Aronia melanocarpa Michx.
3-6' high, equal width
Zone 3a USDA
Nova Scotia . Florida . Indiana
Not too common in standard nursery stock, black
chokeberry is finally starting to get the recognition
that it deserves. Glossy, pendulous clusters of black
fruit suspended before lustrous green leaves are
pleasing when viewed up close in summer, but the
flower display and fall color are excellent even
Seemingly phased by nothing, this shrub will tolerate
anything thrown at it: swampy ground, dry sandy soil,
drought, salt, and pollution. It is probably pickiest
about its light, tolerating partial shade but becoming
more leggy and affected by mildew with in darker corners.
A great deal of controversy surrounds the nomenclature
of the chokeberries
some sources list various species under the genus
Pyrus, while still others claim that it is
a member of the genus Photinia. I have yet
to see a single source agree with another source other
than to comment on how difficult this genus is to
Bean, citing James W. Hardin's article "The Enigmatic
Chokeberries", Bull. Torr. Club 100 178-184, 1973,
claims that there is no way of distinguishing Aronia
prunifolia from Aronia melanocarpa. He
attributes this to shifting landmasses, forcing
Aronia arbutifolia and Aronia melanocarpa
together and allowing them to interbreed.
Because the seeds can be set without fertilization,
he says that "they can breed true, and thus simulate
Swink & Wilhelm have similar observations, generally
stating that anything with glabrous (smooth and without
any hair) leaves and flower parts should be considered
to be Aronia melanocarpa.
To complicate matters further, it seems that either
Aronia prunifolium or Aronia melanocarpa
does not have good fall coloration. Because of the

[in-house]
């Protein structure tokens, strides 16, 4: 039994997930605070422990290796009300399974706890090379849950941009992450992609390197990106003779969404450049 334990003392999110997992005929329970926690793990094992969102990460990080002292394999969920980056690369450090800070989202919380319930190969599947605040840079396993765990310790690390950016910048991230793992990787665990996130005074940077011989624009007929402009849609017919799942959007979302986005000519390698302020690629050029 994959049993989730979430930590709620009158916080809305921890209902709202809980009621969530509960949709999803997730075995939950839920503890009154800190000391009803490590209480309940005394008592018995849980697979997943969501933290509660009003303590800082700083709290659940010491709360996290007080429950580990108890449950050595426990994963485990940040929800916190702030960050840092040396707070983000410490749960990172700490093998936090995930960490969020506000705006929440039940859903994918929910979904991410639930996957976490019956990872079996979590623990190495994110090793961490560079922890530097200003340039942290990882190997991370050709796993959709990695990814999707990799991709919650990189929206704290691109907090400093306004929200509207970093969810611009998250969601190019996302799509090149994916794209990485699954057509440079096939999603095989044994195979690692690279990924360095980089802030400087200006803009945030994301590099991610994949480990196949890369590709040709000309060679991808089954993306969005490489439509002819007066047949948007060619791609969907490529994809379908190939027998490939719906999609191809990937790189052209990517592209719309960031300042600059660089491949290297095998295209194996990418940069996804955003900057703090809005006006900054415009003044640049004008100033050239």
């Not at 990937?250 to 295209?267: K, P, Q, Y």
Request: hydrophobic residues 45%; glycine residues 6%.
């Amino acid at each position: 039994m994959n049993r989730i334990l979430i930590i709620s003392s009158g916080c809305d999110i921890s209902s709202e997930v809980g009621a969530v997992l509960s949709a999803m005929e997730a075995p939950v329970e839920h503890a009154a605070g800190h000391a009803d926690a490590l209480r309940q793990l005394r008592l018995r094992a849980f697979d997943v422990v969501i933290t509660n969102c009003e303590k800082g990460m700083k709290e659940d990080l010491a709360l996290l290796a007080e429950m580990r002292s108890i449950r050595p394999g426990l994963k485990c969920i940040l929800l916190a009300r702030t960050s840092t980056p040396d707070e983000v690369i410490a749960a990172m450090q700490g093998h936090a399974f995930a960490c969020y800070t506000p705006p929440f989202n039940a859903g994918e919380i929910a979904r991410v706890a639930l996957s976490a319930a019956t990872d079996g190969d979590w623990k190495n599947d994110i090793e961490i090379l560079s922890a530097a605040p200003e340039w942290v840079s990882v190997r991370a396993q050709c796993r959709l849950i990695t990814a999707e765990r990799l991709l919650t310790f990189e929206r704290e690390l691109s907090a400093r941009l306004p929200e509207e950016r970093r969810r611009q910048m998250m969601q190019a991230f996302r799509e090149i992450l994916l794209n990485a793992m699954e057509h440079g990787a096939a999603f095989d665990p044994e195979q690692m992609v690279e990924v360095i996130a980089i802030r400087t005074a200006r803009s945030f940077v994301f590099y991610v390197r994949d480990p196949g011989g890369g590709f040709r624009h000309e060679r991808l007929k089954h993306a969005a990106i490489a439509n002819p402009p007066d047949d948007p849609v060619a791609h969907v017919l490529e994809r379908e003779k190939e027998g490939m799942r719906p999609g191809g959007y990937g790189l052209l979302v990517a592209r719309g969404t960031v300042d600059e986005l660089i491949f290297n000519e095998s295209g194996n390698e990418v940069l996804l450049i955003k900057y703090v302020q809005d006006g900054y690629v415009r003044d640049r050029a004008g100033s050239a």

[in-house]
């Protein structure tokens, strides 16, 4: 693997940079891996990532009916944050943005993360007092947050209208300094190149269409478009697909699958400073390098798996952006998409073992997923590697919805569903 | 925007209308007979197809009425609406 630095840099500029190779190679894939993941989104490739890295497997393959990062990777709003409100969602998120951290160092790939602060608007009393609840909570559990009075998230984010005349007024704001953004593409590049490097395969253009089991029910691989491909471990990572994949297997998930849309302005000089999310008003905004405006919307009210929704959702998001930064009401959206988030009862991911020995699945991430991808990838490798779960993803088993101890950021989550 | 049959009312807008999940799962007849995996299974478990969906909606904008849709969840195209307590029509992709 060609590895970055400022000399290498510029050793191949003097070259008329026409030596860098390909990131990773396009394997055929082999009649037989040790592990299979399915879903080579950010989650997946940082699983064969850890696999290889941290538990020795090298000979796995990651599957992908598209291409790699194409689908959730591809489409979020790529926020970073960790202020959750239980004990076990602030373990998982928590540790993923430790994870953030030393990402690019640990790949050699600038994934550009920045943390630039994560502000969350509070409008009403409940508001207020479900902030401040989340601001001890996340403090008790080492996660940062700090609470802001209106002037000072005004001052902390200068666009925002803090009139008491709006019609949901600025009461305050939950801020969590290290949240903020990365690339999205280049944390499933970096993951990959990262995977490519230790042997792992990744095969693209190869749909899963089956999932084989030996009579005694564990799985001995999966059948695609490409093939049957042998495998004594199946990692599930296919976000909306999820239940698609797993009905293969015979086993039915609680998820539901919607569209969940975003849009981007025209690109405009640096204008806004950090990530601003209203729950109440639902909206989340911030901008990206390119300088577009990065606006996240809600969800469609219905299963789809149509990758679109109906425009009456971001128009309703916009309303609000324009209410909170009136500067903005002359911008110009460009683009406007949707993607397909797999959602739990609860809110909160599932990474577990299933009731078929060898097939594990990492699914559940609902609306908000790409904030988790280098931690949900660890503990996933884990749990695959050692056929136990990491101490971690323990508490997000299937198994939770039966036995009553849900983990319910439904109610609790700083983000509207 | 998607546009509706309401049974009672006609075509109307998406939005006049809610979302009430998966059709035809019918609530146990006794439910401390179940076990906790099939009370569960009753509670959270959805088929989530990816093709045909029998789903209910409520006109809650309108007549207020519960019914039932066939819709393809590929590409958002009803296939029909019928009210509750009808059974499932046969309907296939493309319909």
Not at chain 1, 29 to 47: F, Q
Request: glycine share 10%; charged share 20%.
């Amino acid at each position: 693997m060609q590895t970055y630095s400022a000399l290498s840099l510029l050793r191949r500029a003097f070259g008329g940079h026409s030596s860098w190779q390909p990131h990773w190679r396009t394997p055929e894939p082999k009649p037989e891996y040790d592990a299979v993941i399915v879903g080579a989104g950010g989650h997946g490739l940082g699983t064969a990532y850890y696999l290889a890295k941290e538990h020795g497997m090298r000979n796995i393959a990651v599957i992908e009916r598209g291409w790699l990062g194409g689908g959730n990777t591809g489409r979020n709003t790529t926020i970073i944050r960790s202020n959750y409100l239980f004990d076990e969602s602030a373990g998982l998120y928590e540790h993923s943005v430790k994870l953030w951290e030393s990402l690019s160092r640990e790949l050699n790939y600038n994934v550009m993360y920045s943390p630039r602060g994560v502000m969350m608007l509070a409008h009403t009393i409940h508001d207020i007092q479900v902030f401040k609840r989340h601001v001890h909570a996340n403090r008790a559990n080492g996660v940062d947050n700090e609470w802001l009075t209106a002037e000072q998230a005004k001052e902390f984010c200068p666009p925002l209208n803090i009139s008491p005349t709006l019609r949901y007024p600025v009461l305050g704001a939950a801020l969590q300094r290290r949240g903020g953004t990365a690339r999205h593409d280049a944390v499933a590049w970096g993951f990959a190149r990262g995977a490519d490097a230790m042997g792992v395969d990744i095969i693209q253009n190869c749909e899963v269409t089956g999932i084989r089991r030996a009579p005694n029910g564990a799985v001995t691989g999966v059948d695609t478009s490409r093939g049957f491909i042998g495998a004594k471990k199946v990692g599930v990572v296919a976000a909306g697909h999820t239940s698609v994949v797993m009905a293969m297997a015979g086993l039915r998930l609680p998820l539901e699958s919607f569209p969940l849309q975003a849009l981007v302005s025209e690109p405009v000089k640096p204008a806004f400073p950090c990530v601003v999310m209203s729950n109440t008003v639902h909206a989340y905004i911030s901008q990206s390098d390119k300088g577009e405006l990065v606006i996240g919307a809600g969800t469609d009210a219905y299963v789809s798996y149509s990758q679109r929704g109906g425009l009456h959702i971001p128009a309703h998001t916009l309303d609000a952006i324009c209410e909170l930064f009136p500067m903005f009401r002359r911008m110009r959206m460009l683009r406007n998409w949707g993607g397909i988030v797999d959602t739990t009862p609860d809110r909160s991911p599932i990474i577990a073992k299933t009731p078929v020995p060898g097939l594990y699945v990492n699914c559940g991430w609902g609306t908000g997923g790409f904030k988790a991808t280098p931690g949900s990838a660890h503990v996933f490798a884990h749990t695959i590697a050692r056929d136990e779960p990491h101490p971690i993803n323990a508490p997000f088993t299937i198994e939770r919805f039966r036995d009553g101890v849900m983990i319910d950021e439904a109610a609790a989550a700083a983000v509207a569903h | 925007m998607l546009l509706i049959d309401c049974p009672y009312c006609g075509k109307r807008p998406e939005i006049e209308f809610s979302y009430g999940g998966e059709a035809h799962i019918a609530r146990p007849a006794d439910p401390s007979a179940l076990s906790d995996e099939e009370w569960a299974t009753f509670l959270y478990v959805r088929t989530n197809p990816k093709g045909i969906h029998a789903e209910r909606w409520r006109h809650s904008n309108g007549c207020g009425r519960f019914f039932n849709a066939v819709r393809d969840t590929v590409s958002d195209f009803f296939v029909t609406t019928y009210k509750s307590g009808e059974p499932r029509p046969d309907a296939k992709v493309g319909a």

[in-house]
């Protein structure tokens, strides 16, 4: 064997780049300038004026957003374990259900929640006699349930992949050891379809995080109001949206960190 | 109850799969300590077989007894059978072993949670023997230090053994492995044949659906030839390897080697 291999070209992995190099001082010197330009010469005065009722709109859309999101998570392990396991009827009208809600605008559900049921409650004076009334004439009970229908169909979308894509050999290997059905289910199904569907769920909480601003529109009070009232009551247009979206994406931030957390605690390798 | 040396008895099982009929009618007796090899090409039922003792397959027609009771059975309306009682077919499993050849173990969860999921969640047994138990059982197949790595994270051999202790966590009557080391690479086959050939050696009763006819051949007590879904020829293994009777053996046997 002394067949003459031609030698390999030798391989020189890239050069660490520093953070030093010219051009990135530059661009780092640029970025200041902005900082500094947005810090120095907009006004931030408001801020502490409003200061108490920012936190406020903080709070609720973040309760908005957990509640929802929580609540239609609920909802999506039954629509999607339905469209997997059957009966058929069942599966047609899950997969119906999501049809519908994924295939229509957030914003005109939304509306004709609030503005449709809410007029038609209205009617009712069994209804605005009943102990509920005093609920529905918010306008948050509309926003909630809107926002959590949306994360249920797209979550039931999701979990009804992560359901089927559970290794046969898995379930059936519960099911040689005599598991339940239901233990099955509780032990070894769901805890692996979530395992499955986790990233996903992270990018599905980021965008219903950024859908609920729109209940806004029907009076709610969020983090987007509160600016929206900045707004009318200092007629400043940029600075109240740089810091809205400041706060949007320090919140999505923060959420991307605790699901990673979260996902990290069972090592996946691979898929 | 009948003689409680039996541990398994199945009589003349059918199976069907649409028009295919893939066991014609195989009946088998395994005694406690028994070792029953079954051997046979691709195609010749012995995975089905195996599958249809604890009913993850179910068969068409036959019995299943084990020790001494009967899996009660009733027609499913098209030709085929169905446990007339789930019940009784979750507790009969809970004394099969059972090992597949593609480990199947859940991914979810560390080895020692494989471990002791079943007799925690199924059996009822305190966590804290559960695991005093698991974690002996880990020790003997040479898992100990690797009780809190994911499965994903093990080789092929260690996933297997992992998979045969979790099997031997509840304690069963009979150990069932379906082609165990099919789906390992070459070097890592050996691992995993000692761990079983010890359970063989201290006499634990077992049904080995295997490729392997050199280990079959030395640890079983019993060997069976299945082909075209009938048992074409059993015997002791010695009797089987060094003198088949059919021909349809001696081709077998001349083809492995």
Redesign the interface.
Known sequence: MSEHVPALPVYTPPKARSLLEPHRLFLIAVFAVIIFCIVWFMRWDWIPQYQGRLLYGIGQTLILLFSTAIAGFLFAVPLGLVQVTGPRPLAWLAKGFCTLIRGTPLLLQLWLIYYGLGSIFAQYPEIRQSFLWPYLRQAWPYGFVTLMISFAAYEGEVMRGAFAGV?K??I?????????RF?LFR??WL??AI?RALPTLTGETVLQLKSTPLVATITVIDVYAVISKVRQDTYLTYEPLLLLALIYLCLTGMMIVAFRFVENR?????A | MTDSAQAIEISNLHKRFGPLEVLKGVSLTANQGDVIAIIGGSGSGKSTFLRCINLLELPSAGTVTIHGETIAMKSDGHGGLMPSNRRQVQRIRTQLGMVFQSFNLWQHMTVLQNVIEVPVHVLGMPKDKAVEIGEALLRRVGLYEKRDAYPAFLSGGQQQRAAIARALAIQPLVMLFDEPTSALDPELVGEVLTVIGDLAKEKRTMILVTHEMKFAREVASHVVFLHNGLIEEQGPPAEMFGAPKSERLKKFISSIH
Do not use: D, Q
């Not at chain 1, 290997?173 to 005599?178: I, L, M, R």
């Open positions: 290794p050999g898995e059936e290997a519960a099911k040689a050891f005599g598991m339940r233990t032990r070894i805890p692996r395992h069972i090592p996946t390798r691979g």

difficulty in discerning between species, plants may
be mislabelled as well. When picking plants for fall
color, they should be purchased in the fall so that
the best selection can be picked. They transplant
readily, and can even be planted before winter.
I highly recommend this plant to anyone interested
in trying something a little old-fashioned, but still
a little different.
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Appearing only on the top 2/3s of the plant, the
glossy bright green leaves are quite showy and
emerge in April. Only 1-3" long, they are often
clean from disease and pest problems, catching the
sunlight quite nicely. Unfortunately, they darken
as the season progresses, hiding the dark fruit.
For identification purposes, it is useful to note
that the chokeberries are the only shrubs with
small black glands along the upper surfaces of
the midribs of the leaves (with the exception of
a few Malus species).
Elliptic or obovate to oblong-oblanceolate, acuminate
or obtuse apex, 1-3" long, glabrous or nearly so.
Margins finely serrate, petiole 1/4" or less.
Set nicely against the lustrous foliage, the whitish-
pink flowers are borne in loose clusters of up to 8.
Opening in mid-May, these clusters can reach 2" in
Inflorescences glabrous, 1.5-2" wide, loose, containing
5-8 3/8" flowers, anthers reddish.
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1/4" in diameter, the bluish-black fruit hang down
in clusters of 10 or so from red pedicels. They
color in September, but aren't really noticed until
the leaves change color and drop in the fall. The
glossy fruit will persist through January, but will
begin to dry out at that point.
It derives the name 'chokeberry' from the extremely
astringent taste that birds supposedly won't tolerate,
but it can be quite a pleasant flavor with
sweeteners. In fact, some companies like Wildland
are now producing
berry juice for consumption.
Songbirds and upland gamebirds do
enjoy the bitter fruit in winter months, as do